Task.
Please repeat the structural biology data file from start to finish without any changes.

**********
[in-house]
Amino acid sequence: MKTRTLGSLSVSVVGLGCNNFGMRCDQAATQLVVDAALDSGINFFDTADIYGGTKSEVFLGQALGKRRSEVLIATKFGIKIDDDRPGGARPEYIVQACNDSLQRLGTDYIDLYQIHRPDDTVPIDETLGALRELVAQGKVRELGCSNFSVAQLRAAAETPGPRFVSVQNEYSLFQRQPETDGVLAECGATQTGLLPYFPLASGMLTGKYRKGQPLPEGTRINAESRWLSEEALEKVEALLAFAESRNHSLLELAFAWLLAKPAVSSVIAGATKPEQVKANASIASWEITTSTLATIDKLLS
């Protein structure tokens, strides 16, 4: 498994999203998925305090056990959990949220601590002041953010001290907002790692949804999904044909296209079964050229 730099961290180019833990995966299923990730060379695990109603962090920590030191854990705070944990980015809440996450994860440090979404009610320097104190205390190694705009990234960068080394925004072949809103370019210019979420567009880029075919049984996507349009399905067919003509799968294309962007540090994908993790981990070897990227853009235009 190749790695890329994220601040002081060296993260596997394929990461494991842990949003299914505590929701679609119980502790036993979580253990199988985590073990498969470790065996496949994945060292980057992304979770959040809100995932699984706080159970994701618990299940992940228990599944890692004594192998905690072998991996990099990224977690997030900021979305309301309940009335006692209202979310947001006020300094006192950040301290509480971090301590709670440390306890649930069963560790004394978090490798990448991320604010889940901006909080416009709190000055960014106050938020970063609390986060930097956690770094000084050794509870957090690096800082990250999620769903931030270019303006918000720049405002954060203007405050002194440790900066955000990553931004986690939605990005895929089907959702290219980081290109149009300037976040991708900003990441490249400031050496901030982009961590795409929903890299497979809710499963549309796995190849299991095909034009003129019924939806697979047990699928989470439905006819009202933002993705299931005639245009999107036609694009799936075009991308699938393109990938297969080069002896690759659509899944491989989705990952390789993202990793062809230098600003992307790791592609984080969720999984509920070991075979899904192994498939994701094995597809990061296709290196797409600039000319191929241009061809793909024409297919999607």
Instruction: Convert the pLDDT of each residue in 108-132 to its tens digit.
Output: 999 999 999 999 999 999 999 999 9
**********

[in-house]
Amino acid sequence: MKTRTLGSLSVSVVGLGCNNFGMRCDQAATQLVVDAALDSGINFFDTADIYGGTKSEVFLGQALGKRRSEVLIATKFGIKIDDDRPGGARPEYIVQACNDSLQRLGTDYIDLYQIHRPDDTVPIDETLGALRELVAQGKVRELGCSNFSVAQLRAAAETPGPRFVSVQNEYSLFQRQPETDGVLAECGATQTGLLPYFPLASGMLTGKYRKGQPLPEGTRINAESRWLSEEALEKVEALLAFAESRNHSLLELAFAWLLAKPAVSSVIAGATKPEQVKANASIASWEITTSTLATIDKLLS
């Protein structure tokens, strides 16, 4: 498994999203998925305090056990959990949220601590002041953010001290907002790692949804999904044909296209079964050229 730099961290180019833990995966299923990730060379695990109603962090920590030191854990705070944990980015809440996450994860440090979404009610320097104190205390190694705009990234960068080394925004072949809103370019210019979420567009880029075919049984996507349009399905067919003509799968294309962007540090994908993790981990070897990227853009235009 190749790695890329994220601040002081060296993260596997394929990461494991842990949003299914505590929701679609119980502790036993979580253990199988985590073990498969470790065996496949994945060292980057992304979770959040809100995932699984706080159970994701618990299940992940228990599944890692004594192998905690072998991996990099990224977690997030900021979305309301309940009335006692209202979310947001006020300094006192950040301290509480971090301590709670440390306890649930069963560790004394978090490798990448991320604010889940901006909080416009709190000055960014106050938020970063609390986060930097956690770094000084050794509870957090690096800082990250999620769903931030270019303006918000720049405002954060203007405050002194440790900066955000990553931004986690939605990005895929089907959702290219980081290109149009300037976040991708900003990441490249400031050496901030982009961590795409929903890299497979809710499963549309796995190849299991095909034009003129019924939806697979047990699928989470439905006819009202933002993705299931005639245009999107036609694009799936075009991308699938393109990938297969080069002896690759659509899944491989989705990952390789993202990793062809230098600003992307790791592609984080969720999984509920070991075979899904192994498939994701094995597809990061296709290196797409600039000319191929241009061809793909024409297919999607």
Instruction: Convert the pLDDT of each residue in 108-132 to its tens digit.
Output: 999 999 999 999 999 999 999 999 9